■ Researchers from Zhejiang University published a review article titled "New coronavirus: new challenges for pediatricians" in the World Journal of Pediatrics. The authors note that current clinical data and epidemiological studies have found that most cases in children have relatively mild clinical manifestations. Some children will gradually develop fever, fatigue, dry cough after 3-7 days of infection, accompanied by upper respiratory tract symptoms such as nasal congestion and runny nose, occasionally diarrhea, nausea, vomiting and other digestive tract symptoms, can have no fever or pneumonia, good prognosis, mostly recover within 1-2 weeks, a small number of children's cases may progress to lower respiratory tract infection. Taking 10 children in Zhejiang Province as an example, their ages from 112 days to 17 years old were all mild cases, and only 3 cases showed pneumonia. Although there have been no deaths in children to date, the potential risk of death cannot be ignored [2].

■ Researchers from the National Clinical Research Center for Respiratory Diseases published a review article entitled "Diagnosis and treatment of 2019 novel coronavirus infection in children: a pressing issue" in the World Journal of Pediatrics. The article begins by reviewing the epidemiological features since the outbreak and the clinical symptoms associated with infection in children, ranging in age of onset from 28 month to 1 years in 17 confirmed paediatric patients. All were family members or had close contact with the confirmed person. The clinical features of pediatric patients vary. Several patients had no obvious clinical signs at the time of diagnosis and were identified through screening because of close contact with a confirmed patient. Further chest imaging suggests pneumonia. Some gradually appear fever, fatigue, dry cough, accompanied by nasal congestion, runny nose and other upper respiratory tract symptoms, a few appear nausea, vomiting, diarrhea and other gastrointestinal symptoms. The article also focuses on the experience and teaching of the use of interferon in pediatric cases in previous periods such as SARS, and highlights that recently published expert recommendations for 2019-nCoV also recommend interferon as a key drug. However, it is also emphasized that more clinical evidence is needed to demonstrate the effectiveness of interferon [3].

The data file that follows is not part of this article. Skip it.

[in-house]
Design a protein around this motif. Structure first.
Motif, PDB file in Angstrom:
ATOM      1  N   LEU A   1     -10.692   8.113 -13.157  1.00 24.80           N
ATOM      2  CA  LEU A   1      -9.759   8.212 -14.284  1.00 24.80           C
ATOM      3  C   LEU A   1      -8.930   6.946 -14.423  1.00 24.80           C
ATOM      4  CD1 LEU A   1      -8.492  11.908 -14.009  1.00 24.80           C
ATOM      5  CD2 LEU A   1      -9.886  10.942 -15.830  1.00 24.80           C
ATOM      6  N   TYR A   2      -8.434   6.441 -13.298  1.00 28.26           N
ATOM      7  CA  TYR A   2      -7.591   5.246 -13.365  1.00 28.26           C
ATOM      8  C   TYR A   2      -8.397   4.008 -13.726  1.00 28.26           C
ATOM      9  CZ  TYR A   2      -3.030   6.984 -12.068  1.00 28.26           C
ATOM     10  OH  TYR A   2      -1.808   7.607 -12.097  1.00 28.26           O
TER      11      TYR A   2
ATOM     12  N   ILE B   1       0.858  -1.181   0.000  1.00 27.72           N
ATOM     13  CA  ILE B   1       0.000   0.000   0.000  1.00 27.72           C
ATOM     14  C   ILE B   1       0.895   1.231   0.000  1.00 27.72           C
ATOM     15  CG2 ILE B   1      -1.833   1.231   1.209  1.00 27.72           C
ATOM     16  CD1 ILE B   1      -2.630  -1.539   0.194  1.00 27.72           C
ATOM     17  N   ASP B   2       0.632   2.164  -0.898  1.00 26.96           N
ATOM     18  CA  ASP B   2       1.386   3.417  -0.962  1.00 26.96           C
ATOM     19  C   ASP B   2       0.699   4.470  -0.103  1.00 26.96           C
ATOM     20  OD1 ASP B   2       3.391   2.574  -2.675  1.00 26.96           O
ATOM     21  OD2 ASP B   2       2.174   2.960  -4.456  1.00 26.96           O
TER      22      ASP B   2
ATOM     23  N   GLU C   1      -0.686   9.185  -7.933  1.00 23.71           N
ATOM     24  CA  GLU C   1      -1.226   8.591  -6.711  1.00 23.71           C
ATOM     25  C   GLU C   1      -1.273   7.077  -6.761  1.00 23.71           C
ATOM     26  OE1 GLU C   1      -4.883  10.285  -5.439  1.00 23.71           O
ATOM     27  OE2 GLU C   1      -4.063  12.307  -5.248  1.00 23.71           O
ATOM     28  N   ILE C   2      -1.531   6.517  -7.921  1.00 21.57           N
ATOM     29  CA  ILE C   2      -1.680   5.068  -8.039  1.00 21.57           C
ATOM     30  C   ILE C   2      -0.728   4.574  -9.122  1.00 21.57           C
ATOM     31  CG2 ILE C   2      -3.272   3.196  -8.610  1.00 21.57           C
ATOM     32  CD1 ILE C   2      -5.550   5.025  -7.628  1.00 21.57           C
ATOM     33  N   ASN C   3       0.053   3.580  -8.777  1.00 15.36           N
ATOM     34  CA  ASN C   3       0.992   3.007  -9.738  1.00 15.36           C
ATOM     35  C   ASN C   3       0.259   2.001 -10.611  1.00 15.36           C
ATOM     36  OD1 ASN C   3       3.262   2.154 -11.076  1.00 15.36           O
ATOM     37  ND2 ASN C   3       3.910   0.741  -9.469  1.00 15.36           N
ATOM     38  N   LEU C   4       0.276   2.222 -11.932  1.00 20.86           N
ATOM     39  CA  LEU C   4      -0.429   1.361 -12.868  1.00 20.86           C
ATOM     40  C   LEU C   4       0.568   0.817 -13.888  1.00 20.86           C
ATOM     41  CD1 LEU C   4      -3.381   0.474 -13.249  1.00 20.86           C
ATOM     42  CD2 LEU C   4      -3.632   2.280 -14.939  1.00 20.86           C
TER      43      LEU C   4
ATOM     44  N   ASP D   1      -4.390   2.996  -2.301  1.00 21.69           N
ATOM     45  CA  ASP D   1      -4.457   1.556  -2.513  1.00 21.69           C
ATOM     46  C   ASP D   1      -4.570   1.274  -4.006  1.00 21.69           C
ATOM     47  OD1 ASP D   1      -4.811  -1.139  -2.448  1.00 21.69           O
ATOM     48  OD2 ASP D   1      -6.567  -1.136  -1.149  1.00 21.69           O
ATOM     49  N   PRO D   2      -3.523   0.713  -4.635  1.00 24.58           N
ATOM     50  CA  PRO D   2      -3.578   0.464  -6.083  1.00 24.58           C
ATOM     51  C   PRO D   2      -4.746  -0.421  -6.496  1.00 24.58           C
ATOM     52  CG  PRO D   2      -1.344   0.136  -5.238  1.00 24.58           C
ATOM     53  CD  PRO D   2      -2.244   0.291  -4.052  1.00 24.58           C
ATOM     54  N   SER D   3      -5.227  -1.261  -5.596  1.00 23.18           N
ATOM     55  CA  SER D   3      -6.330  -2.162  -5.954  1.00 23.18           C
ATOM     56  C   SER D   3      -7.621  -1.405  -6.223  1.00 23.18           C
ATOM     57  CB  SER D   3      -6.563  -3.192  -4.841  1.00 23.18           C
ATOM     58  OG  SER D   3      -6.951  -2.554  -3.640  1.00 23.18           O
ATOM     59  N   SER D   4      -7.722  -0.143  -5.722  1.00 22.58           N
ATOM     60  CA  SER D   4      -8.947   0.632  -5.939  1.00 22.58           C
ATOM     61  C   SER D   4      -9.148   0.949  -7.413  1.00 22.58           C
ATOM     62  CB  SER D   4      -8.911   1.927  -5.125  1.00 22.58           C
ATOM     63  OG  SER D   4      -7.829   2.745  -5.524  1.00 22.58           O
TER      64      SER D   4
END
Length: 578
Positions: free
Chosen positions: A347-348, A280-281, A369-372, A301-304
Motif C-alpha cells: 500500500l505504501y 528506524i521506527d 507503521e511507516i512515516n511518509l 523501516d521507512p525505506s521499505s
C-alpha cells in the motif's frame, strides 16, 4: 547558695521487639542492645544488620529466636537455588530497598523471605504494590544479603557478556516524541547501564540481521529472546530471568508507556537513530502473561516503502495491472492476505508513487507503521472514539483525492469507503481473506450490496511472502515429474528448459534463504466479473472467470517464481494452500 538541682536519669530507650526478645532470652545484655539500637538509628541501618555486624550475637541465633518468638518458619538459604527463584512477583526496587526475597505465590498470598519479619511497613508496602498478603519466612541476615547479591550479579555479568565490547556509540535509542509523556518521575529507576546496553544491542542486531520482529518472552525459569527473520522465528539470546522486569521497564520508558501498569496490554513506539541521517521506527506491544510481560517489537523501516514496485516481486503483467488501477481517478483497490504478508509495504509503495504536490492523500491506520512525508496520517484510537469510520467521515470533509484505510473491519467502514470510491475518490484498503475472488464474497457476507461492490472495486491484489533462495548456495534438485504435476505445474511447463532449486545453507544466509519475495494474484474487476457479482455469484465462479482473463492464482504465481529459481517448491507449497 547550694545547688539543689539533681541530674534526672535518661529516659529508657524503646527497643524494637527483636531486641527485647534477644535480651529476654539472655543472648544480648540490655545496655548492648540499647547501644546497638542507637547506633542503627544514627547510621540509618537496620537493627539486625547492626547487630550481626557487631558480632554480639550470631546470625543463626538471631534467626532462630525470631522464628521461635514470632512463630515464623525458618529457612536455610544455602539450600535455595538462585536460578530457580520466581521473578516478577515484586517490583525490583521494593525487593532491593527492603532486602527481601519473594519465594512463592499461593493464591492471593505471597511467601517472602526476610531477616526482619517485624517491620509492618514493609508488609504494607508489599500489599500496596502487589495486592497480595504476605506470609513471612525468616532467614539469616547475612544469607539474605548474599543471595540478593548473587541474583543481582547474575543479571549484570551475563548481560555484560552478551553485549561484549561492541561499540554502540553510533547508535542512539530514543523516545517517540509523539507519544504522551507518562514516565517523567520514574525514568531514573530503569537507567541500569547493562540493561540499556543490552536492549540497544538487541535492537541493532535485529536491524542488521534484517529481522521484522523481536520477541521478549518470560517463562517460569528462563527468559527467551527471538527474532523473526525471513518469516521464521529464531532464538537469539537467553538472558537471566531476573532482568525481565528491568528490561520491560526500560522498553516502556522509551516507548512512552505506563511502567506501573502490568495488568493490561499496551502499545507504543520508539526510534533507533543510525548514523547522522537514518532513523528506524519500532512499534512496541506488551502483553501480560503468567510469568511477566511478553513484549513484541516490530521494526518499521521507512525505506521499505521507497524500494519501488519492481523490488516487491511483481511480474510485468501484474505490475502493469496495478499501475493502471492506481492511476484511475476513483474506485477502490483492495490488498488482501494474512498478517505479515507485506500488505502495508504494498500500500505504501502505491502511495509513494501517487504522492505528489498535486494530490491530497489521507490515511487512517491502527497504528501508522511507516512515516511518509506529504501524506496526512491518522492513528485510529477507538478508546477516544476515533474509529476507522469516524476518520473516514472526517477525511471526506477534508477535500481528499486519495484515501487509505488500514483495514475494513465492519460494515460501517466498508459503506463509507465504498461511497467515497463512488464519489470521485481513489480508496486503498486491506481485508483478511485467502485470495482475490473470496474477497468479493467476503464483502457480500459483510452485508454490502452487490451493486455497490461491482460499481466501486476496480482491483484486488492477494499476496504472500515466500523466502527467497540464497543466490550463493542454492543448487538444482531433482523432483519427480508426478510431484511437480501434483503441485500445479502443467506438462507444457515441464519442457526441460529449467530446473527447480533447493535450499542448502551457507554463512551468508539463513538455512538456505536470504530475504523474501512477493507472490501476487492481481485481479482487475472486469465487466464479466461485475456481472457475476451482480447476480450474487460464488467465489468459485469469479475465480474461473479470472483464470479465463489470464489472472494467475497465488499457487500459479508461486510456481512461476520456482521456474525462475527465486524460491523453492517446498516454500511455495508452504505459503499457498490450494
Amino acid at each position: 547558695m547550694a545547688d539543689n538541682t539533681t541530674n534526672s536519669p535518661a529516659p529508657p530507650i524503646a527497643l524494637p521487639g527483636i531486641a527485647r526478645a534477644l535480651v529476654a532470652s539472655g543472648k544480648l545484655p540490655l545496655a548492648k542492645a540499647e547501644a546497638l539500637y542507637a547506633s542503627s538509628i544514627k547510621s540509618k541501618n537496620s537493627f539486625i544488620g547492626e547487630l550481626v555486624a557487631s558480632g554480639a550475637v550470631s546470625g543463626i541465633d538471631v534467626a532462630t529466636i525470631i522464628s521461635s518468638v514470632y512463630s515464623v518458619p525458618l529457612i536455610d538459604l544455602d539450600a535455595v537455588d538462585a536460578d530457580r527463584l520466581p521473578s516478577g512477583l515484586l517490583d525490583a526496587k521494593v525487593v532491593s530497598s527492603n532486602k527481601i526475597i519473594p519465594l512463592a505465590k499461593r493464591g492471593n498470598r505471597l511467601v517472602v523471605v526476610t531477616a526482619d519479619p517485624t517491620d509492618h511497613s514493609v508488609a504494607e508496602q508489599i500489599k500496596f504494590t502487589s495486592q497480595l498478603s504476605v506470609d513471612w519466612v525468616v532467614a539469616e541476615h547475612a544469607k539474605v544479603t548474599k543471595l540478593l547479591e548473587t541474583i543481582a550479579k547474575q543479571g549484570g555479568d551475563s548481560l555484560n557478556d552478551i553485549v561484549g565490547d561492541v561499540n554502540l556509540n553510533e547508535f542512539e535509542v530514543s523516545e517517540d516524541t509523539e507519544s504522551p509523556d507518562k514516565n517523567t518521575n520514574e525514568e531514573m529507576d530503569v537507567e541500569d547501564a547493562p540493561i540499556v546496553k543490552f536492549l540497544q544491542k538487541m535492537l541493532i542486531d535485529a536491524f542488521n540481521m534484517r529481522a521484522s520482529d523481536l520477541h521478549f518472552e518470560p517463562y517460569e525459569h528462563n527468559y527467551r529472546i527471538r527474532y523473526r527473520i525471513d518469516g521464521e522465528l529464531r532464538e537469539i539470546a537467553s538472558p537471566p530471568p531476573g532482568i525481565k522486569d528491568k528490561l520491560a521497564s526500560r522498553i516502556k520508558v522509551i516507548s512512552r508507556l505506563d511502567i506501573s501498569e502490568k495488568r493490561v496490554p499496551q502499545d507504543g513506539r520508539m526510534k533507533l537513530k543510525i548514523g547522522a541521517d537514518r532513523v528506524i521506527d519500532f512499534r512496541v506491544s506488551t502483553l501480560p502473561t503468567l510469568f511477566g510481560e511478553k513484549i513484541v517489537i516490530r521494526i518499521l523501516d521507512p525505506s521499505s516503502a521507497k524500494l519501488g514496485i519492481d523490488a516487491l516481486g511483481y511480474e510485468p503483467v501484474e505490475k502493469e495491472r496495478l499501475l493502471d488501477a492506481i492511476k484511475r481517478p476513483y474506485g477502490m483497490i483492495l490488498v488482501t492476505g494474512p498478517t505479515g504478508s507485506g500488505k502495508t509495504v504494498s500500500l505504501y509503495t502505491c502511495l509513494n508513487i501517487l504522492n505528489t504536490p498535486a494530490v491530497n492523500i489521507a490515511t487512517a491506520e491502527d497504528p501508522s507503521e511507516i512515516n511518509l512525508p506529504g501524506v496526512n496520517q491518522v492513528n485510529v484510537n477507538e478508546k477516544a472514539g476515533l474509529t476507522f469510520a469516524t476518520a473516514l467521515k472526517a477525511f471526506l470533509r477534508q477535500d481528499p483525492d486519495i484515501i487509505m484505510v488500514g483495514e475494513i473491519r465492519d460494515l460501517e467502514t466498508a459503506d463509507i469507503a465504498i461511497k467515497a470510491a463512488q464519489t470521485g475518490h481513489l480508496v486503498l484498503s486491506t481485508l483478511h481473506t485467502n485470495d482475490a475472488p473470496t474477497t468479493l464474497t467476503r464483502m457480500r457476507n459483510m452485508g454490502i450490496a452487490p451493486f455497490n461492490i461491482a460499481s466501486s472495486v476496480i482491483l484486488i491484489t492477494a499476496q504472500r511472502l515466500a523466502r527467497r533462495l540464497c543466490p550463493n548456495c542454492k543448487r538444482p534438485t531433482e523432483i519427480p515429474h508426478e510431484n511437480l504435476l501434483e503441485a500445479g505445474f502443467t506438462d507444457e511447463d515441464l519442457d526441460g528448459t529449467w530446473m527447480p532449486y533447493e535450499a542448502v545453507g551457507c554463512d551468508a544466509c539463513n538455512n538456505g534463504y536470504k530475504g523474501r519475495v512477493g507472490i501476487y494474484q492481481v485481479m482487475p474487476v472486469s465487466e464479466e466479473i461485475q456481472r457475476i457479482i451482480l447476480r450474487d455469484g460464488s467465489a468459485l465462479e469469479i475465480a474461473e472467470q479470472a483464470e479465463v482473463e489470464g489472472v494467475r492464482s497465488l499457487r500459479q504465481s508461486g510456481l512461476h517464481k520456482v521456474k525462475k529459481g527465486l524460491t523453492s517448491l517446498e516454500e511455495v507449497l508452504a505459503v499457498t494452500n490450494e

■ The research team from the National Clinical Research Center for Respiratory Diseases published the title "Diagnosis, treatment, and prevention of 2019 novel coronavirus infection in" in the World Journal of Pediatrics Children: Experts' Consensus Statement). As of January 1, 30 of the 9692,28 confirmed cases were children ranging in age from 1 month to 17 years. In order to standardize the prevention and management of infection in children with 2019-nCoV, the investigators convened an expert committee to develop an expert consensus statement, which summarized the clinical diagnosis experience of pediatrics since the outbreak, including clinical symptoms, molecular biology laboratory tests, chest X-ray testing, epidemiological investigation, etc., and gave recommendations for the use of antiviral drugs, hormonal drugs, and traditional Chinese medicine [4].
■ Researchers from Zhejiang University published "Diagnosis and treatment recommendations for pediatric respiratory infection caused by the 2019 novel" in the World Journal of Pediatrics coronavirus)。 Based on the diagnosis and treatment protocol for pneumonia infected with novel coronavirus (fourth edition) and the current clinical practice in Zhejiang Province, the investigators drafted the diagnosis and treatment plan for respiratory infections in children caused by 2019-nCoV [5].


[1] Li G, De Clercq E. Therapeutic options for the 2019 novel coronavirus (2019-nCoV). Nature Reviews Drug Discovery 2020.
[2] Chen Z-M, Fu J-F, Shu Q. New coronavirus: new challenges for pediatricians. World Journal of Pediatrics 2020.
[3] Shen K-L, Yang Y-H. Diagnosis and treatment of 2019 novel coronavirus infection in children: a pressing issue. World Journal of Pediatrics 2020.
[4] Shen K, Yang Y, Wang T, et al. Diagnosis, treatment, and prevention of 2019 novel coronavirus infection in children: experts’ consensus statement. World Journal of Pediatrics 2020.
[5] Chen Z-M, Fu J-F, Shu Q, et al. Diagnosis and treatment recommendations for pediatric respiratory infection caused by the 2019 novel coronavirus. World Journal of Pediatrics 2020.